The Government’s subsidies for domestic and small-scale energy production come to an end this month (March 2019) making small scale generation from solar panels and the like much less attractive. But wouldn’t it be wonderful if we could all become energy self-sufficient, ensuring green production accounts for more and more of the country’s demand? It can be done, argues Kent Barker, but needs some radical alternative thinking in government

A farmer I know recently abandoned plans for an anaerobic digester on his land. He’d spent thousands of pounds on feasibility studies and planning permission. The plant would have taken the slurry from his cattle and excess crops from his fields and turned them into electricity. Enough to power half the nearby village. Another friend recently cancelled an order for solar panels for his roof. The electricity he’d have generated would have cut his bills, but it would have taken decades to cover his upfront cost. And all because the government has slashed – and is now ending – the ‘FIT’ scheme. 

The FIT or ‘’Feed In Tariff’ was a government subsidy to boost just this sort of micro-generation. For every kilowatt of electricity you created and fed back into the National Grid, you received nearly 13p. Then in 2015, Environment Secretary and Hastings MP Amber Rudd announced the price would be cut to just 4.01p.  From April 1st this year the scheme is closed altogether for new entrants. The result: a halt to the 800,000 households that have installed solar panels since 2010 and effective infanticide for the nascent micro-generation industry. 

A quarter of all UK CO2 Greenhouse Gas emissions come from energy production – mainly from coal oil and gas fired power stations, yet at the same time, the government removes incentives for us to ‘green up’; in another dingy Whitehall office, minsters are tinkering with OFGEM’s energy price caps – likely to result in price rises and 11 million customers being £117 a year worse off. But the price cap is a nonsense anyway, because it operates only for those customers on default tariffs ie: those who won’t, or can’t, shop around and switch providers annually.

What’s happened is that government has created a fake market which doesn’t work for so many people that they have had to impose artificial restrictions on it. The ‘free-market’ concept was that if you have lots of companies supplying (as opposed to producing) energy, competition would drive prices down. Which has turned out to be rubbish because 11 million of us aren’t interested in changing suppliers each year.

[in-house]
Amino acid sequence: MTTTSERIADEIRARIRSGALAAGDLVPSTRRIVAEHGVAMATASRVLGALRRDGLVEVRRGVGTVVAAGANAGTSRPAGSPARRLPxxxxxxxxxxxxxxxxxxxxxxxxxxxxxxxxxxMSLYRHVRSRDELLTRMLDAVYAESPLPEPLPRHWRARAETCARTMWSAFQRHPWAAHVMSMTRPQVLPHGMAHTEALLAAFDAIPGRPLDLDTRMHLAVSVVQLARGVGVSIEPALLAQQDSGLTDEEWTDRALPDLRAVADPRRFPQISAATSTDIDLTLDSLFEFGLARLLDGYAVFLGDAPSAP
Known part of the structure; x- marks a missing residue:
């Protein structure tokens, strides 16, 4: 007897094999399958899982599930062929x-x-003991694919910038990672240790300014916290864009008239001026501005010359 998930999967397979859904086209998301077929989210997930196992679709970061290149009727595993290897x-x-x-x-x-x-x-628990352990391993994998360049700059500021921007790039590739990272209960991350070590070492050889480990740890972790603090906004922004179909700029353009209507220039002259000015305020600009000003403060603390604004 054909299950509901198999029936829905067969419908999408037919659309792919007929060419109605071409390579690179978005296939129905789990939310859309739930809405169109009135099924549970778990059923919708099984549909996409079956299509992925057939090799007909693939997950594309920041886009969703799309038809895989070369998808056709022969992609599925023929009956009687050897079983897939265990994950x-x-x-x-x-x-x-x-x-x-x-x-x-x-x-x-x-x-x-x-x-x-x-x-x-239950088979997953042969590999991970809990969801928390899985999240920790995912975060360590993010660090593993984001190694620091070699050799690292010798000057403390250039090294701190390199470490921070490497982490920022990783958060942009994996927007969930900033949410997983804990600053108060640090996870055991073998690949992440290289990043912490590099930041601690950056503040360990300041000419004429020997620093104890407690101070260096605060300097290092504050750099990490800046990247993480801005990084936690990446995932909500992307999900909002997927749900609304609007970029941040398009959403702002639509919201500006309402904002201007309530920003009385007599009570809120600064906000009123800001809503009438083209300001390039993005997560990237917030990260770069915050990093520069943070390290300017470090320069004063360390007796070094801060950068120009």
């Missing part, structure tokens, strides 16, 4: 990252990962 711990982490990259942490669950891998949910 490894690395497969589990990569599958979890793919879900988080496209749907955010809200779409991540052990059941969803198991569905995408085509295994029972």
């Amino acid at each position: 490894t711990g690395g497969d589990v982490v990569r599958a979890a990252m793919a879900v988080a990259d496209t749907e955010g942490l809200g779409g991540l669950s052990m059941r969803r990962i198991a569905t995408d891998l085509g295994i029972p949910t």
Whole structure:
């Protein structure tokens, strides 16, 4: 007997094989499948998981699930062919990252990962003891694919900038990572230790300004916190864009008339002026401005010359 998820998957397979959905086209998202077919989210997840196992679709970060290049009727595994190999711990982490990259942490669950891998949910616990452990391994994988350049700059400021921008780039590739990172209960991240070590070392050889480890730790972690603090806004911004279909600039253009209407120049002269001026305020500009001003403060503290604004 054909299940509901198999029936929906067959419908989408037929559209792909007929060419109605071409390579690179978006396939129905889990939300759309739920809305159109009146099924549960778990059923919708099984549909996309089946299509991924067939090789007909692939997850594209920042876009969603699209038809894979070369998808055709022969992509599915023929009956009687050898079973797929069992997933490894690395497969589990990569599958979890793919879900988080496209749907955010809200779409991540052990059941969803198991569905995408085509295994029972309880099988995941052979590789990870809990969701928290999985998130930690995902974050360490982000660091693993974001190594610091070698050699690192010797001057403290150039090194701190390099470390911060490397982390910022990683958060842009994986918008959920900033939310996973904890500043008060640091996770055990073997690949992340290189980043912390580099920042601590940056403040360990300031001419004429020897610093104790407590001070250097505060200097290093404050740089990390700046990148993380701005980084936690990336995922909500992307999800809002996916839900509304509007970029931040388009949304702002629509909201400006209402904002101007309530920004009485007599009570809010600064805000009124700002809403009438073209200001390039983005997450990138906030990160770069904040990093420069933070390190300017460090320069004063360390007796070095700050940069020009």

What government should have done – and should now do, is nationalise the SUPPLY of energy to our homes, while increasing competition among energy PRODUCERS. This would allow a regulated production market to determine the price. In turn, it would enable green and micro-energy production to flourish at the expense of coal, oil and even nuclear.

It could work like this: A new quango called, for instance, the National Energy Distribution Board (NEDB) is set up and sells electricity at a flat rate to everyone, however much they use, wherever they live, whatever sort of meter they are on. You’ll never have to worry about switching again; it’s one price for all.

The NEDB is a non-profit making body with two key objectives. First to keep electricity prices as low as possible and second to make electricity production as green as possible. Now these are clearly competing motives, so here’s how they could make it work. Currently a third of our electricity is produced from renewable sources. So that’s the baseline. NEDB would never source less than a third from renewables and, indeed, would increase that proportion year on year. And it would achieve this through a mixture of competition and price controls. Gas and oil and coal fired power stations,
dirty producers, compete with each other to supply the cheapest power to the NEDB, but at an ever-reducing total volume. Renewable producers also compete with each other to sell at the lowest prices and an ever increasing percentage of the total. But crucially, there is an important third area of competition: the domestic and micro-generation sector.

The NEDB would immediately restore the Feed In Tariff (FIT) subsidies for small producers. So, you install solar panels on your roof or in your garden and you get a subsidised rate for the electricity you feed back into the system ie: a rate high enough, to encourage millions of us to invest in solar panels and for all new house builders to install them, as a matter of course. (Blocks of flats could, perhaps, retro-fit them as cladding, instead of Grenfell-style combustible material).

We have to accept that skewing the market like this, to increase the proportion of renewables being used, would not necessarily result in the cheapest possible electricity. But it would result in a unified and stable price to consumers. It would encourage people, if they possibly could, to invest in micro production. It would incentivise small-scale production from anaerobic digesters, solar, wind and hydro schemes. It could, eventually, release us from our reliance on the mega-watt power stations and would almost certainly rule out nuclear power, as hopelessly unaffordable. And above all, it would result in a vital annual reduction in our CO2 climate
change emissions from this sector. What’s not to like?


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